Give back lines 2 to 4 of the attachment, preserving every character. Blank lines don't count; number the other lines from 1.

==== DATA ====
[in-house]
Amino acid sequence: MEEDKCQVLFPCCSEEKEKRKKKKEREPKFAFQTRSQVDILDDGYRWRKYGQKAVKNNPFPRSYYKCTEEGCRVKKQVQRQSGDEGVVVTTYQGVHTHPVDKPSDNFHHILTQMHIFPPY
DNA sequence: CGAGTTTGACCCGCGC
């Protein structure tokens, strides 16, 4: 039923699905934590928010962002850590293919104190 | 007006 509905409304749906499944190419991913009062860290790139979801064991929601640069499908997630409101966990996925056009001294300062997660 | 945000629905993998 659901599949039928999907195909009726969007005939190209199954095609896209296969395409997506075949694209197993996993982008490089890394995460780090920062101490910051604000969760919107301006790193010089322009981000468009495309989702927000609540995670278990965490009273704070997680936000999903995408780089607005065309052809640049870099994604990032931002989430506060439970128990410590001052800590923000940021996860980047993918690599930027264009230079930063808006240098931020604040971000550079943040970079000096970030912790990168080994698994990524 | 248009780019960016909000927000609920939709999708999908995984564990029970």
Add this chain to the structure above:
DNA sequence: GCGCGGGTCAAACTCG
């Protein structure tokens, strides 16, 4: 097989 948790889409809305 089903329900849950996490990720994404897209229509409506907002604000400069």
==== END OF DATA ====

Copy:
Amino acid sequence: MEEDKCQVLFPCCSEEKEKRKKKKEREPKFAFQTRSQVDILDDGYRWRKYGQKAVKNNPFPRSYYKCTEEGCRVKKQVQRQSGDEGVVVTTYQGVHTHPVDKPSDNFHHILTQMHIFPPY
DNA sequence: CGAGTTTGACCCGCGC
């Protein structure tokens, strides 16, 4: 039923699905934590928010962002850590293919104190 | 007006 509905409304749906499944190419991913009062860290790139979801064991929601640069499908997630409101966990996925056009001294300062997660 | 945000629905993998 659901599949039928999907195909009726969007005939190209199954095609896209296969395409997506075949694209197993996993982008490089890394995460780090920062101490910051604000969760919107301006790193010089322009981000468009495309989702927000609540995670278990965490009273704070997680936000999903995408780089607005065309052809640049870099994604990032931002989430506060439970128990410590001052800590923000940021996860980047993918690599930027264009230079930063808006240098931020604040971000550079943040970079000096970030912790990168080994698994990524 | 248009780019960016909000927000609920939709999708999908995984564990029970």